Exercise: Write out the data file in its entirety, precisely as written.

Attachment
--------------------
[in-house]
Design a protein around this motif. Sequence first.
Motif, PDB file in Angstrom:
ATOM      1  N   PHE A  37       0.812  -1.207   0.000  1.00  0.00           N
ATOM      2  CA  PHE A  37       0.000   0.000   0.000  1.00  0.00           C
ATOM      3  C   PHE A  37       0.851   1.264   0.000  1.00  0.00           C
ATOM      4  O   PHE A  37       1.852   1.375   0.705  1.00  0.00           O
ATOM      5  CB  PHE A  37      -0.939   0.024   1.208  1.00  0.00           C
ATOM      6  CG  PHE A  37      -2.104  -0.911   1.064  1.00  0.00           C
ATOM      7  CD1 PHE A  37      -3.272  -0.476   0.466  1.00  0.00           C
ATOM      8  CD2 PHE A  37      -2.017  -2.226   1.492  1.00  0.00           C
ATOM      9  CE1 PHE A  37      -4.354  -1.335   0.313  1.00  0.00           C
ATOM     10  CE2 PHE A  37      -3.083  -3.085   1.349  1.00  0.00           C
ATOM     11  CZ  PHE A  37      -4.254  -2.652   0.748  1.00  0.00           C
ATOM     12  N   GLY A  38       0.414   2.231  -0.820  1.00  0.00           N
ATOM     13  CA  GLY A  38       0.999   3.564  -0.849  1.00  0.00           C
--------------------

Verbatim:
[in-house]
Design a protein around this motif. Sequence first.
Motif, PDB file in Angstrom:
ATOM      1  N   PHE A  37       0.812  -1.207   0.000  1.00  0.00           N
ATOM      2  CA  PHE A  37       0.000   0.000   0.000  1.00  0.00           C
ATOM      3  C   PHE A  37       0.851   1.264   0.000  1.00  0.00           C
ATOM      4  O   PHE A  37       1.852   1.375   0.705  1.00  0.00           O
ATOM      5  CB  PHE A  37      -0.939   0.024   1.208  1.00  0.00           C
ATOM      6  CG  PHE A  37      -2.104  -0.911   1.064  1.00  0.00           C
ATOM      7  CD1 PHE A  37      -3.272  -0.476   0.466  1.00  0.00           C
ATOM      8  CD2 PHE A  37      -2.017  -2.226   1.492  1.00  0.00           C
ATOM      9  CE1 PHE A  37      -4.354  -1.335   0.313  1.00  0.00           C
ATOM     10  CE2 PHE A  37      -3.083  -3.085   1.349  1.00  0.00           C
ATOM     11  CZ  PHE A  37      -4.254  -2.652   0.748  1.00  0.00           C
ATOM     12  N   GLY A  38       0.414   2.231  -0.820  1.00  0.00           N
ATOM     13  CA  GLY A  38       0.999   3.564  -0.849  1.00  0.00           C